All Patients (172)Male (59)Female (113)
IBS (72)Non-IBS (100)P ValueIBS (35)Non-IBS (24)P ValueIBS (37)Non-IBS (76)P Value
Pain intensity (VAS score)5.08 ± 1.984.44 ± 1.880.0064.68 ± 1.894.12 ± 1.720.255.45 ± 24.5 ± 1.90.02
Technical difficulty of colonoscopy (VAS score)4.72 ± 1.54.84 ± 1.450.614.54 ± 1.634.79 ± 1.350.544.89 ± 1.444.85 ± 1.490.9
Quality of bowel preparation (Boston BPS)7.55 ± 1.677.24 ± 1.760.2397.65 ± 1.627.37 ± 2.10.567.45 ± 1.747.19 ± 1.650.43
Duration of the procedure (minute)13.1 ± 2.6214.1 ± 2.220.00612.7 ± 2.713.6 ± 1.490.1413.5 ± 2.414.3 ± 2.390.09
Success rate of colonoscopy, %97950.7941000.5100930.17

Abbreviations: BPS, bowel preparation scoring system; IBS, irritable bowel syndrome; VAS, visual analogue scale.

aValues are expressed as mean ± standard deviation.

4. Discussion

In this study, our patients’ population in IBS group were younger, with higher mean body weight, but not statistically significant. The two groups were also similar in mean age.

According to the result of the study, IBS patients felt more pain during colonoscopy. This finding supports the “Hyperalgesia” theory in the IBS patients (7). This theory describes how IBS patients have more pain related to colon distention compared to normal population. Our results are similar to those of previous studies. In the study by Nattermann et al. (9), IBS patients had more pain, although not significant during the colonoscopy. However, another study with smaller number of patients (n = 20) showed a significant difference in the pain perception in the IBS patients (10).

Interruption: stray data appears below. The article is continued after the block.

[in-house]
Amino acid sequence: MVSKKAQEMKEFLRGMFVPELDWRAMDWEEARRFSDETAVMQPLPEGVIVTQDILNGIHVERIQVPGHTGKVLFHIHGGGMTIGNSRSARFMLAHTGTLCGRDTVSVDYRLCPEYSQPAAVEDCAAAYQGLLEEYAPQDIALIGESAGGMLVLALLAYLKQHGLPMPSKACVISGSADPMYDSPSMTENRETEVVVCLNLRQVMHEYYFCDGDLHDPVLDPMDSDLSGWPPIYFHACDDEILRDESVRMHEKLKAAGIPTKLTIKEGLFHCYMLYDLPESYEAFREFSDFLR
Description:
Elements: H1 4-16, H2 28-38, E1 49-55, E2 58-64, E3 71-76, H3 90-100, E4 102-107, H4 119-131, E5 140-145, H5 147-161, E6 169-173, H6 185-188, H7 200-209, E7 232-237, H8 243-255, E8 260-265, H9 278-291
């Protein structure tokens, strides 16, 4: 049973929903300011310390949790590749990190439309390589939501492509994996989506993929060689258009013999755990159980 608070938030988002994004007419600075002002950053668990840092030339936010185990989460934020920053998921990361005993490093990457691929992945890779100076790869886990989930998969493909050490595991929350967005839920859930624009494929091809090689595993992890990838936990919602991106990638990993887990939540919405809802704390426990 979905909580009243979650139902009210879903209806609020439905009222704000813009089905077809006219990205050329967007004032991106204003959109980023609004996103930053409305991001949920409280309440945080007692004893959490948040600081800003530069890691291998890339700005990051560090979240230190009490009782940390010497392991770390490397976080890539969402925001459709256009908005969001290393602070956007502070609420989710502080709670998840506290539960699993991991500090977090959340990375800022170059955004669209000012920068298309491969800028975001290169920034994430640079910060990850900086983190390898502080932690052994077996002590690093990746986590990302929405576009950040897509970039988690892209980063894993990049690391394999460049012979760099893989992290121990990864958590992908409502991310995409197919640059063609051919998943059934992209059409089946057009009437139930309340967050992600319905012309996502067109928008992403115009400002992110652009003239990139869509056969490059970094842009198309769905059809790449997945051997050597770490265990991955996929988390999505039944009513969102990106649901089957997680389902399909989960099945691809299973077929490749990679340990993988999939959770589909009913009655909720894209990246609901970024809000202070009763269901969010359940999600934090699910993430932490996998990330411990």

The higher rate of requiring sedative medication during the procedure in the non-IBS patients was mainly related to the females in non-IBS groups. This could be explained by longer duration of procedure in this subgroup of patients. This result revealed that although the IBS patients’ procedure- related pain self-rated score was higher, they could tolerate the procedure well without increased demand for sedation.

Our study indicated that the quality of bowel preparation had no significant difference in IBS patients compared to non-IBS patients. In other words, IBS patients followed the colon preparation orders and tolerated the prescribed medication as well as non-IBS patients.

Unlike our previous belief, the current study revealed that colonoscopy in IBS patients is not associated with more technical difficulty and the diagnosis of IBS by itself does not make colonoscopy more difficult.

Based on the result of this study in the IBS patients, while the success rate of colonoscopy is similar to non-IBS patients, its duration is shorter. These interesting results could be explained by some reasons. In the IBS patients, it is usually assumed that no specific lesion would be found in the colonoscopy and the procedure is mainly diagnostic, so no extra time is spent to observe the specific lesions, biopsy sampling, passing through the stricture, snare polypectomy, and other therapeutic interventions; moreover, there is no obstacle such as tumours or strictures, which precluded accessing the proximal parts of the colon. Therefore, duration could be shorter in the IBS patients.

4.1. Conclusions

To the best of our knowledge, our study was the first to compare major influencing parameters in the colonoscopy between IBS and non-IBS patients. Our results showed that IBS patients had more pain sensation during the colonoscopy, but they had the same quality of colon preparation compared to non-IBS patients and the colonoscopy was not more difficult for them. Finally, according to our results, with a similar success rate, the duration of colonoscopy was shorter in the IBS patients.